I did, however, want to take the opportunity to explore (what I find, at least) an interesting aspect of working on vegetarian history. Inevitably whenever I talk about my research (both formally and informally) someone asks whether or not I am a vegetarian. It is remarkable just how frequently I have been asked this question and in most instances it is the first question asked. On one hand I imagine that it is just a product of general curiosity, especially since many people seem genuinely intrigued by the notion that there is an American vegetarian history that stretches back to the nineteenth century. And this is surely a good thing.
In my seven years as a vegetarian, I have yet to think anything was a chicken.
On the other hand, I do wonder if it is a question that many other scholars are asked, regarding their personal connection to a given topic. If not, I am curious as to why vegetarianism as a historical subject leads to this particular question? Is there concern that I have a particular bias as a vegetarian? In the reverse, if I was not a vegetarian, would there be worry about my approach to the topic? I also wonder if this is a particular question asked of any historians researching a movement or phenomena rooted within a particular time period that is still salient in current times? For example, I can't imagine someone being asked if they are a phrenologist because of a research interest in the topic? Or is this perhaps something particular to those of us researching food? Lastly, are there implications to be gleaned about vegetarianism and its relationship with culture from this question's omnipresence?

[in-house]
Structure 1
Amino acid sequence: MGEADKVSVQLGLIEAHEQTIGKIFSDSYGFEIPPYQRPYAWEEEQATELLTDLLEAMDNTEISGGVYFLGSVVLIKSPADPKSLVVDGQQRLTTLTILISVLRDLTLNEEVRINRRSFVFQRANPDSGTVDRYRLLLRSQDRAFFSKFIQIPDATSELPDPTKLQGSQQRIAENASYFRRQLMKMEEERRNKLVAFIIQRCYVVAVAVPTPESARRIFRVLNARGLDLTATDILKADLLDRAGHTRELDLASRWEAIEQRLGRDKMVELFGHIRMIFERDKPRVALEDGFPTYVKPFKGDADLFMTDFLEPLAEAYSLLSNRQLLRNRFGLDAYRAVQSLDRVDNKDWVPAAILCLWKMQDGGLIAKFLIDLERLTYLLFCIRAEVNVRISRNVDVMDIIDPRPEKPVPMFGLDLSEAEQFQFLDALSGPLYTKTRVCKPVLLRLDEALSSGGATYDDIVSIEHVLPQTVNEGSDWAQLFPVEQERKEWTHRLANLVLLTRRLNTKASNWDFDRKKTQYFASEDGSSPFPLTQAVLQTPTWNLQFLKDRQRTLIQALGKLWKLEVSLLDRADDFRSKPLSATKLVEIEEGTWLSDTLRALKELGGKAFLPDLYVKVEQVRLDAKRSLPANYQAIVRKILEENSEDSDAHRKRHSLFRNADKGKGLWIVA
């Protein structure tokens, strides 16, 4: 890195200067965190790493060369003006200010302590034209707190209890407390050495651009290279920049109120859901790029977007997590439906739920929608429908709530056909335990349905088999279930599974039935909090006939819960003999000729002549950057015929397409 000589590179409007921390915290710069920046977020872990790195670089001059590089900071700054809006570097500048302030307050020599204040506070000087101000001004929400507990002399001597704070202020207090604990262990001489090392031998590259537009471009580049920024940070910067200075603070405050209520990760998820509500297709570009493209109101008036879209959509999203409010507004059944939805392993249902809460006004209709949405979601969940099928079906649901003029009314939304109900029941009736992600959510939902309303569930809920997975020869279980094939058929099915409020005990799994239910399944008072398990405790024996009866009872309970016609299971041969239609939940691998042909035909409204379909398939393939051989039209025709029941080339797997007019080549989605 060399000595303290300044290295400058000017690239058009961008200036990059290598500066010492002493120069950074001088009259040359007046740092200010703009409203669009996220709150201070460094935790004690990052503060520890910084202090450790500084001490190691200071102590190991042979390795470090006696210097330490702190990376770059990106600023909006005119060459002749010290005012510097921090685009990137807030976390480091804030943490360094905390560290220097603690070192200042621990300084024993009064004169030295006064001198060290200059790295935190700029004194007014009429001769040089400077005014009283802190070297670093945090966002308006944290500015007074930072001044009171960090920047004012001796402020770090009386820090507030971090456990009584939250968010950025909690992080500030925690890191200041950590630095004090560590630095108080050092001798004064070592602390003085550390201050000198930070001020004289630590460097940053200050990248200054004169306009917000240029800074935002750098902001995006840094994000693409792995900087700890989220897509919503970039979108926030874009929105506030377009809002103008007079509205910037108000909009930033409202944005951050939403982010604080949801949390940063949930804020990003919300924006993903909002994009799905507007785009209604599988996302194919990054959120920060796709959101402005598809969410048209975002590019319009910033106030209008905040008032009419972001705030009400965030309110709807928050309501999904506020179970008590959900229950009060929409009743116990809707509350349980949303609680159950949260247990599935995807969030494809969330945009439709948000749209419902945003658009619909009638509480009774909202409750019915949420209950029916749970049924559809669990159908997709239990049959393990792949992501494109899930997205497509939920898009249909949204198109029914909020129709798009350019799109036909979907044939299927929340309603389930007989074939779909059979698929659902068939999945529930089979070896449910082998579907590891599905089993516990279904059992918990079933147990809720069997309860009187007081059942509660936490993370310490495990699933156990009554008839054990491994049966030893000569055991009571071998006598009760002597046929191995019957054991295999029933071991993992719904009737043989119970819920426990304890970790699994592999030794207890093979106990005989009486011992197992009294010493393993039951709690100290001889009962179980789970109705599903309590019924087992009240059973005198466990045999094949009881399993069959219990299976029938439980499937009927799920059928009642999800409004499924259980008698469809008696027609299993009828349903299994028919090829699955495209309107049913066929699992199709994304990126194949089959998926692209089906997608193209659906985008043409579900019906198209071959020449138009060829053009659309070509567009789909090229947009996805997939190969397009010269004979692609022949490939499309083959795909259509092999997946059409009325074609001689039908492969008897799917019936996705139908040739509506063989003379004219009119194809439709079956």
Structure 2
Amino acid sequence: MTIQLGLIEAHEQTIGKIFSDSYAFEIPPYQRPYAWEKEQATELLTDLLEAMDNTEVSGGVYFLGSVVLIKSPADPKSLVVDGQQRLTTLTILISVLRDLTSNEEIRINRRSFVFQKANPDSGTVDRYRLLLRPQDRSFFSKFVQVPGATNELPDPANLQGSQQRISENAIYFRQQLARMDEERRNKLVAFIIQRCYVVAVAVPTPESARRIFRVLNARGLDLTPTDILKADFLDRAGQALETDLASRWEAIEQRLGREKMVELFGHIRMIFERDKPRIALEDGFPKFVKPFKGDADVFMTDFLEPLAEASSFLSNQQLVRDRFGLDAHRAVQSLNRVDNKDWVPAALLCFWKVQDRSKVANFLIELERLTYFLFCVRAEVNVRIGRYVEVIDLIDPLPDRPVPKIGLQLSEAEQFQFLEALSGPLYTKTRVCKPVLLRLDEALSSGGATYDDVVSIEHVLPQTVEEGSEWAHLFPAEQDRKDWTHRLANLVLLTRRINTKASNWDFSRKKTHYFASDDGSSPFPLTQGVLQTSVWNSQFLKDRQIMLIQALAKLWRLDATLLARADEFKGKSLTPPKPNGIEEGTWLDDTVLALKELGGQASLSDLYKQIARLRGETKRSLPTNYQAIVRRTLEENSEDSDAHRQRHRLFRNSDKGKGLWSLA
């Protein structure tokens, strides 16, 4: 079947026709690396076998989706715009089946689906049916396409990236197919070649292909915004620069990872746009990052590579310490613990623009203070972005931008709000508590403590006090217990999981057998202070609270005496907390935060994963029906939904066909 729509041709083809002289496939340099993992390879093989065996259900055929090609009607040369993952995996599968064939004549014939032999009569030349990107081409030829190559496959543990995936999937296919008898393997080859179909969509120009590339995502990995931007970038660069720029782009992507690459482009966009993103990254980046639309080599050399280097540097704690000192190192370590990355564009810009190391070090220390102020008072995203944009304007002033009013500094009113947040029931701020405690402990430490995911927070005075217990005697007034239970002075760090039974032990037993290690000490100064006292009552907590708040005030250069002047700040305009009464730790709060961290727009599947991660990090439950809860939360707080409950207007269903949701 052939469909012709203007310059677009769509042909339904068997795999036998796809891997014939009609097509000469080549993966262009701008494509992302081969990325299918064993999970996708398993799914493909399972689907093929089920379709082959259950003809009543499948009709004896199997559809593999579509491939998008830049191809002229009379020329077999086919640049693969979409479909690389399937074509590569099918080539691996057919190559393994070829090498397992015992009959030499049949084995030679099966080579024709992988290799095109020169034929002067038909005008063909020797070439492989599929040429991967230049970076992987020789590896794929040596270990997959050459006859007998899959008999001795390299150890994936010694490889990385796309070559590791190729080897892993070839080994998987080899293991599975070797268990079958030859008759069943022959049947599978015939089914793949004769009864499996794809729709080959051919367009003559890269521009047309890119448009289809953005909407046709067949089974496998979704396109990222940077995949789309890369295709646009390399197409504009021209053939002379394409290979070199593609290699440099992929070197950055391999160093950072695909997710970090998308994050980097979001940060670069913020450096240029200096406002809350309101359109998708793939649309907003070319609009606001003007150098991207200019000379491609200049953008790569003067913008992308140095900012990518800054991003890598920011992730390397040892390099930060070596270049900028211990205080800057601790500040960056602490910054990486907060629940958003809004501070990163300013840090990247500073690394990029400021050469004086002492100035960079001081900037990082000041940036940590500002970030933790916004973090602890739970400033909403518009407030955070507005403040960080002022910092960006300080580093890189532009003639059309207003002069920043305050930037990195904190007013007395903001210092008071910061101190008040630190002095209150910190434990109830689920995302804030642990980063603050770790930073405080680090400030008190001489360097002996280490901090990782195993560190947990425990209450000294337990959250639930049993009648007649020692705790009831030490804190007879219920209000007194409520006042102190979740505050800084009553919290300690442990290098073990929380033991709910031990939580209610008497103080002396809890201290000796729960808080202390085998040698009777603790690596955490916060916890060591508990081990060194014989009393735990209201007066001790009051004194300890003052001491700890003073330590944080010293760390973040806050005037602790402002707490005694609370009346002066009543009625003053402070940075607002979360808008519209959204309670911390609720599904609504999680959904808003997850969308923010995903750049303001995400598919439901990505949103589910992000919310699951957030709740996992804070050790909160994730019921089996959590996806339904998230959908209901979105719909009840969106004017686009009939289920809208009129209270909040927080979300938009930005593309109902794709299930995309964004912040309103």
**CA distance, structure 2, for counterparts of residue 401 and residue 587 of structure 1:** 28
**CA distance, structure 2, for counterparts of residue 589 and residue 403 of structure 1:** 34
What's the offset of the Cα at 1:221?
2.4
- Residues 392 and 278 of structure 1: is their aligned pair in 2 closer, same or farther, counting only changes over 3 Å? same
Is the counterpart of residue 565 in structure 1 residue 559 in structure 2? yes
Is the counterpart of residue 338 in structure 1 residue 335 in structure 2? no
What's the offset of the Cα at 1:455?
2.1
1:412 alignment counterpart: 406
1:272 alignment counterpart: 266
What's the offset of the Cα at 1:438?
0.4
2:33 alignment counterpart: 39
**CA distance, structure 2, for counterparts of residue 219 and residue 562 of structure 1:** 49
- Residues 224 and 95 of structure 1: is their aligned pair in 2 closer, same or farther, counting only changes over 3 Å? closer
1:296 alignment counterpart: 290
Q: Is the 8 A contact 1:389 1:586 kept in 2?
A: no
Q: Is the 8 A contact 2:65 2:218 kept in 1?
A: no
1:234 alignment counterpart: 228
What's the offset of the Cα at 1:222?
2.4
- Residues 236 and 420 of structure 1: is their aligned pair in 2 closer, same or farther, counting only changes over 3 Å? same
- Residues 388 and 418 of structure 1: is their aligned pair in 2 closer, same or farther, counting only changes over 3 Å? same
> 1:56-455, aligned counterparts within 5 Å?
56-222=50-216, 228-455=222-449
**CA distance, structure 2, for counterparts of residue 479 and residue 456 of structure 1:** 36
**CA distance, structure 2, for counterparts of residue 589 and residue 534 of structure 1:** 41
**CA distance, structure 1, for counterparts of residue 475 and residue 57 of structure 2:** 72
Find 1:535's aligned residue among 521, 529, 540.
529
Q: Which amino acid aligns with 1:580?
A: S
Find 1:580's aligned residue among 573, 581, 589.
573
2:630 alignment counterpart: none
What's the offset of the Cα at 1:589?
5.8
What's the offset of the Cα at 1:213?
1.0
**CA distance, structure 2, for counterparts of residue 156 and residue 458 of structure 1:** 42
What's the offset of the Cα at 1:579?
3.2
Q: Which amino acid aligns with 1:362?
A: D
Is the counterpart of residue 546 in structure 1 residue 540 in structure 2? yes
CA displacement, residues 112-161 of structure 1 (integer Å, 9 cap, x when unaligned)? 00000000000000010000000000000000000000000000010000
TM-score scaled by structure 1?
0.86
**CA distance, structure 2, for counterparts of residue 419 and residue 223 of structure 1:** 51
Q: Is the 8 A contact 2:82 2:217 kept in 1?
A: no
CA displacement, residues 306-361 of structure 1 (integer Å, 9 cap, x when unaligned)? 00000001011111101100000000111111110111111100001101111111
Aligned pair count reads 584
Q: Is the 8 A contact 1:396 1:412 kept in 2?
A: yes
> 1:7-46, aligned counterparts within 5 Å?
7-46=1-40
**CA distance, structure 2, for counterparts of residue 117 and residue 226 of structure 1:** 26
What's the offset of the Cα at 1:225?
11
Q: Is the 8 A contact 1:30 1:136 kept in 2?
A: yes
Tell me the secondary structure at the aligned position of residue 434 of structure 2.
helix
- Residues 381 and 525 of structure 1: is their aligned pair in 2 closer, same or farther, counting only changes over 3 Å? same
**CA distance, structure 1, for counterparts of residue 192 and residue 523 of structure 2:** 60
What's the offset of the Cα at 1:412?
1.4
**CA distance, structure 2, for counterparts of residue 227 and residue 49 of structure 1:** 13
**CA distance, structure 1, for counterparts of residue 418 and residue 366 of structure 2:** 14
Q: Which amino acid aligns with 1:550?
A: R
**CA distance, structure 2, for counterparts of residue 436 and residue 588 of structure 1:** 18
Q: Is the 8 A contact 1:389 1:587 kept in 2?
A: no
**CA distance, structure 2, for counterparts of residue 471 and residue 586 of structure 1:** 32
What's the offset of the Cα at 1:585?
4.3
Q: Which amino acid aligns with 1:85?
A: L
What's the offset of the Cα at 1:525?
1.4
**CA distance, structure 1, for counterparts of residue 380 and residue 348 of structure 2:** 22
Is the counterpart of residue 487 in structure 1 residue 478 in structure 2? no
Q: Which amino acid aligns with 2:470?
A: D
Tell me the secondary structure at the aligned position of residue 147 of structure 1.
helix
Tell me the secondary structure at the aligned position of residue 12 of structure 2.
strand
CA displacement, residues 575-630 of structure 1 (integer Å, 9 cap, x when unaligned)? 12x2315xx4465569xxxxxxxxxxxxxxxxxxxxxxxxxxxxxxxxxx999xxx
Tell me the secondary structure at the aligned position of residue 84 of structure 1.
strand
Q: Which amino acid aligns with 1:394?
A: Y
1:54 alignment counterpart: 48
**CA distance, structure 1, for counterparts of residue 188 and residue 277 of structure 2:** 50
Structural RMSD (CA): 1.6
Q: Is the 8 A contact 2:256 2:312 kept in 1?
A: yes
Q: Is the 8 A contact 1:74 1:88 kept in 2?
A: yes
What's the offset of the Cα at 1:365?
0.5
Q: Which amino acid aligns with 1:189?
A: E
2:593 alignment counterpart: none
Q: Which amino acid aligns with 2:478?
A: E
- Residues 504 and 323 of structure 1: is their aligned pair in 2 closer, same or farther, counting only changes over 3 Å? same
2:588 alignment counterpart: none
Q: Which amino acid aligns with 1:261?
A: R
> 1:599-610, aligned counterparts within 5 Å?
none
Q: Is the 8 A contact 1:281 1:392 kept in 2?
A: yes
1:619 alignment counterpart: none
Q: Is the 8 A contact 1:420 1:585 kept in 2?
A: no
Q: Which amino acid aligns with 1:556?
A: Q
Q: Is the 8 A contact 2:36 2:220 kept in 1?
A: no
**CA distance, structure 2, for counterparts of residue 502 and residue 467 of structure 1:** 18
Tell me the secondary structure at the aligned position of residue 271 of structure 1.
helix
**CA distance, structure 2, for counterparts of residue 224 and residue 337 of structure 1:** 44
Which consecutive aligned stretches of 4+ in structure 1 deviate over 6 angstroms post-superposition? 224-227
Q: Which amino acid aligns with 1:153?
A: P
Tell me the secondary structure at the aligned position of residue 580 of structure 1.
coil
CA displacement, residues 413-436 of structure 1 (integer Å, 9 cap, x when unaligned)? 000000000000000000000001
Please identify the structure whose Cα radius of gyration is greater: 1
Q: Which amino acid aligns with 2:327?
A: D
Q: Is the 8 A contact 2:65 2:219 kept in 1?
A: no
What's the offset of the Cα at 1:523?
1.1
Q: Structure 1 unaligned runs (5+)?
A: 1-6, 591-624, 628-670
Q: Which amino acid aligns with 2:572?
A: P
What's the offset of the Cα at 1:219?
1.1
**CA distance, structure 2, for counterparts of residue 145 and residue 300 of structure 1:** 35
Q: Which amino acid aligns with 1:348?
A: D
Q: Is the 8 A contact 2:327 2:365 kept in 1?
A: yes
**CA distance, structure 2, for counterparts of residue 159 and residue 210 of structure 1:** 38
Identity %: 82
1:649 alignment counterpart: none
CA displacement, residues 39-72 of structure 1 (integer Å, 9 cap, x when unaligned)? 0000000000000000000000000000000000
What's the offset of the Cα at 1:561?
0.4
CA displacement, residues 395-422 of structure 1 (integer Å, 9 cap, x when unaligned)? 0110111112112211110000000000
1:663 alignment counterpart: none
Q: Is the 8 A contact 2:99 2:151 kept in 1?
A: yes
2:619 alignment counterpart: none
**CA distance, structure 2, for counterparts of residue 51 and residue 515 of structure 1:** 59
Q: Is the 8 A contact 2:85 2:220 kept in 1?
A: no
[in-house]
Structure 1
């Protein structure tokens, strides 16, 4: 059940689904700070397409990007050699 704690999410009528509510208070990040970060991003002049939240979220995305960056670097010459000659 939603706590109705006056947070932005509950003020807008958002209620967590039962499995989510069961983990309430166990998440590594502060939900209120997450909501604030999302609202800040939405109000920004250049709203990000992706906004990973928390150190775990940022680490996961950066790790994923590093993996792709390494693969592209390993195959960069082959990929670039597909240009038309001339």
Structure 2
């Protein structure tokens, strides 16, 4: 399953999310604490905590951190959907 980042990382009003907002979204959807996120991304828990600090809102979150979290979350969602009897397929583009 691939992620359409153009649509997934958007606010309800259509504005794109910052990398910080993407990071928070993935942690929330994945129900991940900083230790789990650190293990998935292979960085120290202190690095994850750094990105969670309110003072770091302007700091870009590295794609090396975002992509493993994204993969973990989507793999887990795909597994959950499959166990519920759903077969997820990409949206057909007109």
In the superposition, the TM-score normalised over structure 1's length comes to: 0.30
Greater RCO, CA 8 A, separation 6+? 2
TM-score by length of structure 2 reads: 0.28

Thoughts from any interested scholars out there? Anyone with similar experiences with their topic?